Over the past several months, a number of SQL injection attacks have been targeted at systems running Microsoft IIS and Microsoft SQL Server, and thousands of those systems were victims because of poor Web site security. Some of the attacks use specialized automation tools that can query Google for vulnerable Active Server Pages (ASP) and subsequently attack the sites on which those pages reside.

In April, Bojan Zdrnja posted a fairly detailed analysis of one such tool in the SANS Handler's Diary blog at isc.sans.org/diary.html?storyid=4294. Then in May, SecureWorks said that it had detected a SQL injection exploit tool that was compounding matters even further. The tool was discovered as it was being pushed out to a big botnet, and, of course, the tool made all the bots capable of launching SQL injection attacks. You can read about the exploit tool at
www.secureworks.com/research/threats/danmecasprox.

It's probably safe to say that just about all of the successful exploits were a direct result of poor Web application coding practices, as well as a lack of adequate failsafe security defenses. Failure to properly sanitize user-provided input will invariably lead to a security breach. However, using a strong back-end Web application security system can help stop malicious code that makes its way past any sanitation code that's built into your Web applications.

Last week, to help with proper coding practices, Microsoft stepped up to offer some advice. The company released the security advisory, "Rise in SQL Injection Attacks Exploiting Unverified User Data Input" (www.microsoft.com/technet/security/advisory/954462.mspx), which outlines three tools that can be used to find and fix coding problems.

One of the tools, Scrawlr, is relatively new and provided by HP. The tool will crawl a Web site to look for SQL injection attack vectors. In the security advisory, Microsoft also reminds administrators of its long-standing UrlScan tool, which is now available as a version 3.0 beta. Both of these tools scan the publicly exposed side of a Web site. To dig deeper, actual source code can be examined for vulnerabilities by using Microsoft's Source Code Analyzer for SQL Injection tool. However, be aware that the tool can examine only ASP code that's written with VBScript, and it doesn't parse all types of ASP constructs. In other words, the tool has its limitations.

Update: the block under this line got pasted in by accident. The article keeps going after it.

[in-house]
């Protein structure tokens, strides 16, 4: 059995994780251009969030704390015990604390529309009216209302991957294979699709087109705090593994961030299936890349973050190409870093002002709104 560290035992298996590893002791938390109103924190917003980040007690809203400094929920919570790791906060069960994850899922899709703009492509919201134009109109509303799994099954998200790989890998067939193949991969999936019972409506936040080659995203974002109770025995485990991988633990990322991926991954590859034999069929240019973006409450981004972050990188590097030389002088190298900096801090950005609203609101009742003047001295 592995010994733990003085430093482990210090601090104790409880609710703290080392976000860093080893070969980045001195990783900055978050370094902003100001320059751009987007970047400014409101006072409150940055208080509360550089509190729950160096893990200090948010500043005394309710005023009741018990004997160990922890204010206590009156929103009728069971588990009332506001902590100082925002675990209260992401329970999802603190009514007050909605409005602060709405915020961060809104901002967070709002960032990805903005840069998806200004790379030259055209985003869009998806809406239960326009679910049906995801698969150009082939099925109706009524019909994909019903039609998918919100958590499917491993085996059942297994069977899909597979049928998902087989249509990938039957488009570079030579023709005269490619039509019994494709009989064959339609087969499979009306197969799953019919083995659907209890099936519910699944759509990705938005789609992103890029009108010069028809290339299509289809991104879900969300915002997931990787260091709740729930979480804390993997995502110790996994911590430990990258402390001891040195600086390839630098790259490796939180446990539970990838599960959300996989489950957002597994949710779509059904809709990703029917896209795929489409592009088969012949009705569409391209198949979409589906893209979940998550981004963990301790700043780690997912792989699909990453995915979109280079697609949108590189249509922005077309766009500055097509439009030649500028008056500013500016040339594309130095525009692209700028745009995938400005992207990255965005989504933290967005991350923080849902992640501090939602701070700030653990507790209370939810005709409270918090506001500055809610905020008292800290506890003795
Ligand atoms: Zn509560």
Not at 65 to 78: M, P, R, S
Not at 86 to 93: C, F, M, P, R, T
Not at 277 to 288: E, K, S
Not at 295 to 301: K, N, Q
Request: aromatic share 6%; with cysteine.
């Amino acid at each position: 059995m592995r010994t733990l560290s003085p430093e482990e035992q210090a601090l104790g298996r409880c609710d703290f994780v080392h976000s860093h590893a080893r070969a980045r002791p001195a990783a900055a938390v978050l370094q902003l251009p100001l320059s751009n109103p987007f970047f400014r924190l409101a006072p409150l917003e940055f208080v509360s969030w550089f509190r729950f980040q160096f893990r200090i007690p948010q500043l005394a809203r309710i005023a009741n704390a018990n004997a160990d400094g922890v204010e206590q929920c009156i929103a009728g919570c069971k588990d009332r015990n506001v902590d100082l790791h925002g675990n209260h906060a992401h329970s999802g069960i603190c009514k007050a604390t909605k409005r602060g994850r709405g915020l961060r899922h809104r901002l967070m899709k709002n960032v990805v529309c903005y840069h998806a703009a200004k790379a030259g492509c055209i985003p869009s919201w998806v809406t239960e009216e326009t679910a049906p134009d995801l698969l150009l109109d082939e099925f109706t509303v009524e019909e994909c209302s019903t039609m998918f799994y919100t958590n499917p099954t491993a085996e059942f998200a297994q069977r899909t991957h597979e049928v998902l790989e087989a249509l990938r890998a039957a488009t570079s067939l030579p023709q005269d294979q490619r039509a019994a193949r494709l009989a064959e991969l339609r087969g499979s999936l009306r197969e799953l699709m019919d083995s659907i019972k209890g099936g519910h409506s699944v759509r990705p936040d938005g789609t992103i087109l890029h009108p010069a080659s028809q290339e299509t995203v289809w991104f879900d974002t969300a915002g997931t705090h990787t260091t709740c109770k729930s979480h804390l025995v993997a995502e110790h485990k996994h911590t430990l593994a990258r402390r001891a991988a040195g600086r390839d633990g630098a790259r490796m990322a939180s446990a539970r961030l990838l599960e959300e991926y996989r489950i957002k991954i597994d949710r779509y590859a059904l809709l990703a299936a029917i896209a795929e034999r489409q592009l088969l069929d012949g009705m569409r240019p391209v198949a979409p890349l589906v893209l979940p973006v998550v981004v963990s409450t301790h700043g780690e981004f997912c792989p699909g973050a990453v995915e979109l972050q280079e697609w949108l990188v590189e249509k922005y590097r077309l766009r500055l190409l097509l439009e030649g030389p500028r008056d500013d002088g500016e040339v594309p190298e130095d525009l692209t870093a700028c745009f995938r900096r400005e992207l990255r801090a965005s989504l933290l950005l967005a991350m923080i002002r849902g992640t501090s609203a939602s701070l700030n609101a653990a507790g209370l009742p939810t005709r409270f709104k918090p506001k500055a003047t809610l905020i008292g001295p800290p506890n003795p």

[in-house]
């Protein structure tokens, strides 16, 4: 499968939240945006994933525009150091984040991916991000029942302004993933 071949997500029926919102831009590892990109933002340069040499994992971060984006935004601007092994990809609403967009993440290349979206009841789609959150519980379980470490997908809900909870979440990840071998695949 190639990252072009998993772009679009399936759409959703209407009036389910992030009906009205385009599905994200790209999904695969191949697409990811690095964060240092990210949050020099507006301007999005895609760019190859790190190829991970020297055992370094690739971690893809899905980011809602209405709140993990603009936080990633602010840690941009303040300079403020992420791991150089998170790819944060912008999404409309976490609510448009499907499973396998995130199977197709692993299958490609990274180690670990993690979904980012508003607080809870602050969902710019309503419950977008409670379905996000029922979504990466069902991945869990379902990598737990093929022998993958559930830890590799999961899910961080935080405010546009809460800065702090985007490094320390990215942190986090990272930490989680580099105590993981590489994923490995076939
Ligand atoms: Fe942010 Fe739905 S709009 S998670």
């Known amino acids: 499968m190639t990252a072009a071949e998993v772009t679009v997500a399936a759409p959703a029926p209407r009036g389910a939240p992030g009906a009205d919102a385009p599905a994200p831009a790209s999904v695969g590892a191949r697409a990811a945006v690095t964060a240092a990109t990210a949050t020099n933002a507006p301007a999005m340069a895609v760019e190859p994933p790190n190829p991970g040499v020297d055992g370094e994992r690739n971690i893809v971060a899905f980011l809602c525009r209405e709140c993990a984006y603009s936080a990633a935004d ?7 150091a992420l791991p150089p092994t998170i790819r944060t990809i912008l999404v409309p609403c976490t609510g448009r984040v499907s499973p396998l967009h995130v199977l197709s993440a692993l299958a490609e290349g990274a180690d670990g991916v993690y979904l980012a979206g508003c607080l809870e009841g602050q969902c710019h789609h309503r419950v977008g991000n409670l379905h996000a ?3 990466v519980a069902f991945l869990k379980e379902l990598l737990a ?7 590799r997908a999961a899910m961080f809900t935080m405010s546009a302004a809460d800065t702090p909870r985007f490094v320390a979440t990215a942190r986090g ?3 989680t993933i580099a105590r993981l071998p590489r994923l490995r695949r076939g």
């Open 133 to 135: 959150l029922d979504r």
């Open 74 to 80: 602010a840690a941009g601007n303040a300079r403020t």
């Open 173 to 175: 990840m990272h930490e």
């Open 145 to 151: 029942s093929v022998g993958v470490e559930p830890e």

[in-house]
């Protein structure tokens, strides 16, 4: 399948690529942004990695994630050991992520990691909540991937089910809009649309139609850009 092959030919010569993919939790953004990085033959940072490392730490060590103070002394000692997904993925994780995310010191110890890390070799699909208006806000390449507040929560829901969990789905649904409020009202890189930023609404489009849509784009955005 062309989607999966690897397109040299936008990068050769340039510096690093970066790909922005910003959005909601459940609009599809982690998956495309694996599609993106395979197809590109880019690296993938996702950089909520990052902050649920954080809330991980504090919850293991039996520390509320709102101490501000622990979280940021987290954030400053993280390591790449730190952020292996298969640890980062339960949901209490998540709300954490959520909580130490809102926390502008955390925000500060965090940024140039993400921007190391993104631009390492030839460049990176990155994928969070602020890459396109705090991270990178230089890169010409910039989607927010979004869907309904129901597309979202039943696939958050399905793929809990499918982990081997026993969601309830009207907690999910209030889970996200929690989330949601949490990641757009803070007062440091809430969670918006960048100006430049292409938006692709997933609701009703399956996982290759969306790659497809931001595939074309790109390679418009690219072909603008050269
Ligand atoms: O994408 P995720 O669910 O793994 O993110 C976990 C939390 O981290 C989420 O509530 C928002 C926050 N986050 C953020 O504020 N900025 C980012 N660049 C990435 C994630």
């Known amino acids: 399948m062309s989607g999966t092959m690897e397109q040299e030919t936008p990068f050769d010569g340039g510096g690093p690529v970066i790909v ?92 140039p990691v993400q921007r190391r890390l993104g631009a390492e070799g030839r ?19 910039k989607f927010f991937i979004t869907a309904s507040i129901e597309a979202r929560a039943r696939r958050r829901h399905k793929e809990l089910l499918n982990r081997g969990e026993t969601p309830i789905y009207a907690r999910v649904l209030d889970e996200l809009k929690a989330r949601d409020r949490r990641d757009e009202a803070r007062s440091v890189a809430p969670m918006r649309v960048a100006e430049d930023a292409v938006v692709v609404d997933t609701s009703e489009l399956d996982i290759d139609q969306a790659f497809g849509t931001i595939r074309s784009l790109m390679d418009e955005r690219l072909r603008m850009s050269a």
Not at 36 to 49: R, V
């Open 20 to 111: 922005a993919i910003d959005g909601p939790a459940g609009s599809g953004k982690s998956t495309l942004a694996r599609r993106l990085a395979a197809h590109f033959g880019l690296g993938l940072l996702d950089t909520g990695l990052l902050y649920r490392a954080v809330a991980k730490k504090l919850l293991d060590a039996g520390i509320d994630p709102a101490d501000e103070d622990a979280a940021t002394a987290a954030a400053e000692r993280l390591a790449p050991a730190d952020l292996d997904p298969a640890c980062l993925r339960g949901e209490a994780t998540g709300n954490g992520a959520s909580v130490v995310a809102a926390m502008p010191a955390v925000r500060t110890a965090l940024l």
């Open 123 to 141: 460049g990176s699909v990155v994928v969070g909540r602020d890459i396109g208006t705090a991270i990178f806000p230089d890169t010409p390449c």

Other scanning tools you might consider using to protect your Web site include Acunetix Web Vulnerability Scanner, Cenzic Hailstorm, N-Stalker Web Application Security Scanner, NT OBJECTives NTOSpider, WhiteHat Sentinel, IBM Rational AppScan, HP WebInspect, Next Generation Security Software NGSSQuirreL, and IPLocks Armour.

You should also strongly consider using a Web application firewall to protect your Web site. There are a wide range of choices available today. Some of the solutions that I'm aware of are AppliCure dotDefender, ArmorLogic Profense, Barracuda Web Site Firewall, Breach Security WebDefend and ModSecurity, eEye Digital Security SecureIIS, F5 BIG-IP Application Security Manager, Imperva SecureSphere, Privacyware ThreatSentry, Protegrity Defiance Threat Management System, Radware AppXcel with Web Application Firewall, and webScurity webApp.secure. All of these products can easily be located using your favorite search engine.

Keep in mind that Web application firewalls should be considered only part of an overall security strategy—even with such a solution in place you still need to do everything you can to ensure that your code and your database servers are as secure as they can be.